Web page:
If people see themselves in games, they may see themselves in game development
Above: Prom Week is a 2012 IndieCade finalist.
Image Credit: UC Santa Cruz
Lauren Scott is a game designer and a student at the University of California at Santa Cruz. She’s graduating in June with a double major in computer science and business management economics. She’s worked on a research game funded by the Defense Advanced Research Project Agency (DARPA) and the Independent Games Festival finalist Prom Week. She’s also written an interview series called “On the Border” for The Border House blog, a website that promotes inclusive journalism.
Scott never doubted that she belonged in the video game industry.
“I’ve been playing games for a very, very long time. Since I was a little kid there was always a computer in the house, but I’ve always had a partner in crime, my little sister Simone,” Scott said. “I always had someone to play Pokémon with, someone to play Super Smash Brothers with. And up until elementary school the games industry was completely black and completely female, all gamers.” The audience laughed at the joke, but Scott’s point was that if someone is not given reason to doubt whether or not they belong in the video game industry, they never will.
Her father was a coder at Oracle. “He was immersed in the tech world. He saw the games that were coming out, like Duke Nukem and Doom, he saw the types of people who were being attracted to tech and to games, and instead of resigning himself to the fate of having two young black girls and resigning himself that a young black female protagonist might not come around for many, many years, he took the tools at his disposal — and made this.”
Scott showed a screenshot of “Lauren’s Alien Game,” which her father made between 1996 and 1997, coded in Java and in which Scott was a character. “At 5 years old, I saw myself in a game. At 5 years old, I knew that a young black girl could be a character in games. It completely silenced any voice in my head that I would ever have that would say I couldn’t be into or in games.”
Scott’s story was a moving metaphor of how the environment established by the game development world influences who does or does not try to become a part of it, and she wants women to join the development industry to serve as mentors. “Studying under Brenda has been transformative in the way that I look at games and the way that I make them,” said Scott.
“You talk about females and minorities being super, super-rare [in the video game industry], another thing that’s rare are veterans,” Scott said. “And a female, minority veteran, try finding one of those and I’ll match you a unicorn.”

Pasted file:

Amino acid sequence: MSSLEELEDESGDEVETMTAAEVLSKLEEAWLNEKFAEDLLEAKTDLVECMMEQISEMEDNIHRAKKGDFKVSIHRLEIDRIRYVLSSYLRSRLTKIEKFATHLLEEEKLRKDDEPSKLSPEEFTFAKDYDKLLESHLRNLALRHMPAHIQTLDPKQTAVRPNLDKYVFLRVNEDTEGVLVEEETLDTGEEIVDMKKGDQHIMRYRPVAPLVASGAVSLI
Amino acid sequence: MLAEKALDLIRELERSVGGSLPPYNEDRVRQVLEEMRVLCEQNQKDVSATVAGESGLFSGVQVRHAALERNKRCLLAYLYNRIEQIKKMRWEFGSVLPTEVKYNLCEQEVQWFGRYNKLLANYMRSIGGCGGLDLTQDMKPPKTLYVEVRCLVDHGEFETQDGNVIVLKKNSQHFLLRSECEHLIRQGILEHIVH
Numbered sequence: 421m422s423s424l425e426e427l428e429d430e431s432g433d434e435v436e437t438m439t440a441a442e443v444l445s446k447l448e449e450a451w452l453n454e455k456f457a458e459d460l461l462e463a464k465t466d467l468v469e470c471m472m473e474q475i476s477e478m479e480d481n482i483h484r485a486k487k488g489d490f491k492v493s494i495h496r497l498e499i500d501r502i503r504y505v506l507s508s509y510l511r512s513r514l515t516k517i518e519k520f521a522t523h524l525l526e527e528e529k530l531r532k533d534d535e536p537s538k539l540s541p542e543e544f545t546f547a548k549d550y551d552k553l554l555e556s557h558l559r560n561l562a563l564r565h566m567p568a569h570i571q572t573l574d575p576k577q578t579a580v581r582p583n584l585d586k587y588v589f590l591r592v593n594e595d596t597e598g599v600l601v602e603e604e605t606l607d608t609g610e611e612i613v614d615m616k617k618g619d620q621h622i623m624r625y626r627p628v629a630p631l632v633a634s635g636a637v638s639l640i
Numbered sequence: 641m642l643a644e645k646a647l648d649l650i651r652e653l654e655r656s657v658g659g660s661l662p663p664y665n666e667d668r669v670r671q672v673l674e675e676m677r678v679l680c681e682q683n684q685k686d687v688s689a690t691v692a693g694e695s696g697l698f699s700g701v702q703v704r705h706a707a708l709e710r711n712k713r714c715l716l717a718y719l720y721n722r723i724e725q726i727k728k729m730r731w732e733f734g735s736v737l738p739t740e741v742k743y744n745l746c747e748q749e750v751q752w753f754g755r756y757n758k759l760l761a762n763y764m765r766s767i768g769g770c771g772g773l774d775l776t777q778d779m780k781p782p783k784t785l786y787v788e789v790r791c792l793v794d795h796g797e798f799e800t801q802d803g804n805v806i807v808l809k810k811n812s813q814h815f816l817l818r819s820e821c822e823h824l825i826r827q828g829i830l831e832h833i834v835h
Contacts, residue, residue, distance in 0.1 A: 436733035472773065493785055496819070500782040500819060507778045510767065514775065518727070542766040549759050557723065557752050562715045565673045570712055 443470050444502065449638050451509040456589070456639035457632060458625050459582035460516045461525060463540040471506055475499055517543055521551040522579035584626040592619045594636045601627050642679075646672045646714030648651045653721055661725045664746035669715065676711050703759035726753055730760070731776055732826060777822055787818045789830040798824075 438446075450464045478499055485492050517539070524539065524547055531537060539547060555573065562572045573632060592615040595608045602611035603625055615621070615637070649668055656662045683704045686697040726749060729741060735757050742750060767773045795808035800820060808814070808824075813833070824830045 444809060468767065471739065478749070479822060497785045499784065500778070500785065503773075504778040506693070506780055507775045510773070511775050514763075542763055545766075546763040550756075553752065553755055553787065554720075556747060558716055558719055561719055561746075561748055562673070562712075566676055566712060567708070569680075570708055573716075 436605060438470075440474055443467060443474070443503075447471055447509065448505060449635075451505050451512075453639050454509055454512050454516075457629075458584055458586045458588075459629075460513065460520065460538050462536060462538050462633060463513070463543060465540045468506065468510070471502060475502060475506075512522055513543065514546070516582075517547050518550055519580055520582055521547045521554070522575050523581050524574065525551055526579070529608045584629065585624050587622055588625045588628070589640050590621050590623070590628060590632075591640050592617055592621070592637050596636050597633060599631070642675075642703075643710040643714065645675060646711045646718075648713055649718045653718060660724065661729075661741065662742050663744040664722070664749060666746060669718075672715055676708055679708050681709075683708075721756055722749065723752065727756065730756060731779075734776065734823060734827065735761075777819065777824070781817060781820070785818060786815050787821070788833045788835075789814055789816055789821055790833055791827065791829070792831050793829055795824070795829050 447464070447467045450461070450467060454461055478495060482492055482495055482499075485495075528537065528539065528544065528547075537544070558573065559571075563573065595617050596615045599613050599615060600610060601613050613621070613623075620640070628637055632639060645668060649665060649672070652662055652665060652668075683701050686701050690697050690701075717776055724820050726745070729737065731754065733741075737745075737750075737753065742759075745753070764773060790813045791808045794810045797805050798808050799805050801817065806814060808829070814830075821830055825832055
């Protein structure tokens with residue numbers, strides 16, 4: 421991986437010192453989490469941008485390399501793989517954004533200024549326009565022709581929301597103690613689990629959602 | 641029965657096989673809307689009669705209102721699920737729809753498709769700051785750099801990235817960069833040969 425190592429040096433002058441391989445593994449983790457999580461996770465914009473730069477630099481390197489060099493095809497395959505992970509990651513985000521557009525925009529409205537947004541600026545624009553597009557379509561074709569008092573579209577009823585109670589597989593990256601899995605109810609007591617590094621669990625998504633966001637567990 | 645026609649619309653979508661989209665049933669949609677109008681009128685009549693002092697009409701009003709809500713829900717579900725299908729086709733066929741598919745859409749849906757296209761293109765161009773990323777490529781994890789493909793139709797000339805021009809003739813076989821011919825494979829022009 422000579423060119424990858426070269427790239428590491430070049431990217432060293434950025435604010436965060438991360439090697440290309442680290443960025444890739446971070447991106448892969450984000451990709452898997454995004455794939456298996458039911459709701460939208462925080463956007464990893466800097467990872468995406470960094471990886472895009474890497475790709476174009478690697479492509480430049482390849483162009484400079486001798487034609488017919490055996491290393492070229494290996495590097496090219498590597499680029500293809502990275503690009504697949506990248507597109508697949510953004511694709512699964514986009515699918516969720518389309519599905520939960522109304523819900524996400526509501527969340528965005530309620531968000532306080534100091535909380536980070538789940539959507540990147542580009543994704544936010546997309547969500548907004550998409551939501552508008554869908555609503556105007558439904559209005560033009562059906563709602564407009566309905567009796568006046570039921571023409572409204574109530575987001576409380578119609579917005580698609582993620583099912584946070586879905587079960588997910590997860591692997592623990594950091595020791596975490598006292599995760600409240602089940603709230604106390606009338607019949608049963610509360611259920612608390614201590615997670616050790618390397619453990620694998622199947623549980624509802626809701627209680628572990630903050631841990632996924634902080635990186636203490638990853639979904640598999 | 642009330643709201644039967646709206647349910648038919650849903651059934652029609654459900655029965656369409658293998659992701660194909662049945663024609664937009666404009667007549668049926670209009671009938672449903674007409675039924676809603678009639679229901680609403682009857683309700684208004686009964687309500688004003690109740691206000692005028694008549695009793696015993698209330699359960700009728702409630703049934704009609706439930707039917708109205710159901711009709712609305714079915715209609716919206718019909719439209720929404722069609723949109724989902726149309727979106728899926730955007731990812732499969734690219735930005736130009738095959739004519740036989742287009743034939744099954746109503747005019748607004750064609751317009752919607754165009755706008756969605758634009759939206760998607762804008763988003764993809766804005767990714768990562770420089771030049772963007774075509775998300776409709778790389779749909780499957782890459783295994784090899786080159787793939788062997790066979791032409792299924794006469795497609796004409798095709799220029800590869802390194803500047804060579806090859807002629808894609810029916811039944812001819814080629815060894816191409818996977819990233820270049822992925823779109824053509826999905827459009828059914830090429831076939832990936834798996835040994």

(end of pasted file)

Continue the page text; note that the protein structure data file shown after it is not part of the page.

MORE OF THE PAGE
Women need role models in lead creative positions
Above: Dear Leader is a game that Anna Kipnis pitched at Double Fine Productions.
Image Credit: Double Fine Productions
Anna Kipnis is a senior gameplay programmer at Double Fine Productions, a noted developer (and now publisher) of adventure games. She grew up in Kiev, Ukraine, where as the oldest child she often entertained the other children at dinner parties, so she thought up games for them to play. Her father was a fan of card games, and so Kipnis also learned to use a deck of cards to create and test game ideas. When Kipnis played Super Mario Bros. for the first time, she knew she wanted to be a part of creating those kinds of worlds.
“There weren’t very many girls interested in making games, and computer science really seemed like a boys’ club,” said Kipnis. “But luckily, when I was going to school, I could draw inspiration from women like Brenda.”
She has historically worked as part of a team on other peoples’ creative visions, but during the last round of the Amnesia Fortnight events at Double Fine, she pitched her own game, Dear Leader. Amnesia Fortnight enables the audience to vote on which pitches are approved for development. Now Kipnis is running the making of her own game, and she wants other women to follow suit.
“We need to make it part of the narrative of the games industry that women are capable game creators known for masterworks in the games medium,” said Kipnis. “To my fellow women developers: Let’s continue the tradition of women game creators and give young girls some more names to think of as they grow into game developers.”